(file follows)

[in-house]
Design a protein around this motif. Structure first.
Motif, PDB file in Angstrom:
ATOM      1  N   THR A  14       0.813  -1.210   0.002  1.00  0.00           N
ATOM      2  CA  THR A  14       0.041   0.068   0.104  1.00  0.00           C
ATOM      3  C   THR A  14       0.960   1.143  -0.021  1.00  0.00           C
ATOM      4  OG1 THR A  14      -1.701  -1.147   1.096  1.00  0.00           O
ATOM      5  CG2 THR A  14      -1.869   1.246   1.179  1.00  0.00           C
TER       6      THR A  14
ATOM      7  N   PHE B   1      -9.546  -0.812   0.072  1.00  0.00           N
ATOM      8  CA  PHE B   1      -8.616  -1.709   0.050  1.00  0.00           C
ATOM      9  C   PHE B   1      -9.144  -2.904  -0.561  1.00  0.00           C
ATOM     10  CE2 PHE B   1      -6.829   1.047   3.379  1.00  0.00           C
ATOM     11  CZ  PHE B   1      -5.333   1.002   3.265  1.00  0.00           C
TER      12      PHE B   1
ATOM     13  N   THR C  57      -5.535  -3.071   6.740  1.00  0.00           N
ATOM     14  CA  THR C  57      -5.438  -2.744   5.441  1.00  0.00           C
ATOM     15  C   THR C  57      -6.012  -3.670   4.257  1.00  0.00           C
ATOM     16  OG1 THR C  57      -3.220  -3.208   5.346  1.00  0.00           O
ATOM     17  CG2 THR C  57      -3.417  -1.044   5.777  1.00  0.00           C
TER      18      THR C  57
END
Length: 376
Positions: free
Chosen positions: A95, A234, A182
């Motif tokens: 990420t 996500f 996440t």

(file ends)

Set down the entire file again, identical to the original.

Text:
[in-house]
Design a protein around this motif. Structure first.
Motif, PDB file in Angstrom:
ATOM      1  N   THR A  14       0.813  -1.210   0.002  1.00  0.00           N
ATOM      2  CA  THR A  14       0.041   0.068   0.104  1.00  0.00           C
ATOM      3  C   THR A  14       0.960   1.143  -0.021  1.00  0.00           C
ATOM      4  OG1 THR A  14      -1.701  -1.147   1.096  1.00  0.00           O
ATOM      5  CG2 THR A  14      -1.869   1.246   1.179  1.00  0.00           C
TER       6      THR A  14
ATOM      7  N   PHE B   1      -9.546  -0.812   0.072  1.00  0.00           N
ATOM      8  CA  PHE B   1      -8.616  -1.709   0.050  1.00  0.00           C
ATOM      9  C   PHE B   1      -9.144  -2.904  -0.561  1.00  0.00           C
ATOM     10  CE2 PHE B   1      -6.829   1.047   3.379  1.00  0.00           C
ATOM     11  CZ  PHE B   1      -5.333   1.002   3.265  1.00  0.00           C
TER      12      PHE B   1
ATOM     13  N   THR C  57      -5.535  -3.071   6.740  1.00  0.00           N
ATOM     14  CA  THR C  57      -5.438  -2.744   5.441  1.00  0.00           C
ATOM     15  C   THR C  57      -6.012  -3.670   4.257  1.00  0.00           C
ATOM     16  OG1 THR C  57      -3.220  -3.208   5.346  1.00  0.00           O
ATOM     17  CG2 THR C  57      -3.417  -1.044   5.777  1.00  0.00           C
TER      18      THR C  57
END
Length: 376
Positions: free
Chosen positions: A95, A234, A182
């Motif tokens: 990420t 996500f 996440t």